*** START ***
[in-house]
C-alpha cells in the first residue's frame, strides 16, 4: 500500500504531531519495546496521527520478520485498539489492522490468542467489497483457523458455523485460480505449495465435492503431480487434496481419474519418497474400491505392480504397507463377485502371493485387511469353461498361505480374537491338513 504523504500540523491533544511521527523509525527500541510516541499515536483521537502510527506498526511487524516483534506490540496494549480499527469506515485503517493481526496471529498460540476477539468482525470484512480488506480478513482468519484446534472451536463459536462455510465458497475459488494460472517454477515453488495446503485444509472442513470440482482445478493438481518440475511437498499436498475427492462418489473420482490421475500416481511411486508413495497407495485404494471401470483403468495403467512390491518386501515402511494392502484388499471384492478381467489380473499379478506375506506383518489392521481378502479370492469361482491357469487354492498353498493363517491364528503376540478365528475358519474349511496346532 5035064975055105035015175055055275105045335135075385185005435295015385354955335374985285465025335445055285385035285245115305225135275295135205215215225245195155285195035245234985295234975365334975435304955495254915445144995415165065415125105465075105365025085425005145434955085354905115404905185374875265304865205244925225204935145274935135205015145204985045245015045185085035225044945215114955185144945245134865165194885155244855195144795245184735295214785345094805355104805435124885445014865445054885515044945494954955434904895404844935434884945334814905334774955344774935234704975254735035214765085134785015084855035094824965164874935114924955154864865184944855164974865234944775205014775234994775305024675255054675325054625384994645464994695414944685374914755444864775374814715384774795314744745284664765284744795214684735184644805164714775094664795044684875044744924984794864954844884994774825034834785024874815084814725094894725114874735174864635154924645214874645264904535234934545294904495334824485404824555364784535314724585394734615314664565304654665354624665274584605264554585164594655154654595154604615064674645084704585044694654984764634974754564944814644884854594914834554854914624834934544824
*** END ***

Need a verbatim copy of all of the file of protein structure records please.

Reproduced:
[in-house]
C-alpha cells in the first residue's frame, strides 16, 4: 500500500504531531519495546496521527520478520485498539489492522490468542467489497483457523458455523485460480505449495465435492503431480487434496481419474519418497474400491505392480504397507463377485502371493485387511469353461498361505480374537491338513 504523504500540523491533544511521527523509525527500541510516541499515536483521537502510527506498526511487524516483534506490540496494549480499527469506515485503517493481526496471529498460540476477539468482525470484512480488506480478513482468519484446534472451536463459536462455510465458497475459488494460472517454477515453488495446503485444509472442513470440482482445478493438481518440475511437498499436498475427492462418489473420482490421475500416481511411486508413495497407495485404494471401470483403468495403467512390491518386501515402511494392502484388499471384492478381467489380473499379478506375506506383518489392521481378502479370492469361482491357469487354492498353498493363517491364528503376540478365528475358519474349511496346532 5035064975055105035015175055055275105045335135075385185005435295015385354955335374985285465025335445055285385035285245115305225135275295135205215215225245195155285195035245234985295234975365334975435304955495254915445144995415165065415125105465075105365025085425005145434955085354905115404905185374875265304865205244925225204935145274935135205015145204985045245015045185085035225044945215114955185144945245134865165194885155244855195144795245184735295214785345094805355104805435124885445014865445054885515044945494954955434904895404844935434884945334814905334774955344774935234704975254735035214765085134785015084855035094824965164874935114924955154864865184944855164974865234944775205014775234994775305024675255054675325054625384994645464994695414944685374914755444864775374814715384774795314744745284664765284744795214684735184644805164714775094664795044684875044744924984794864954844884994774825034834785024874815084814725094894725114874735174864635154924645214874645264904535234934545294904495334824485404824555364784535314724585394734615314664565304654665354624665274584605264554585164594655154654595154604615064674645084704585044694654984764634974754564944814644884854594914834554854914624834934544824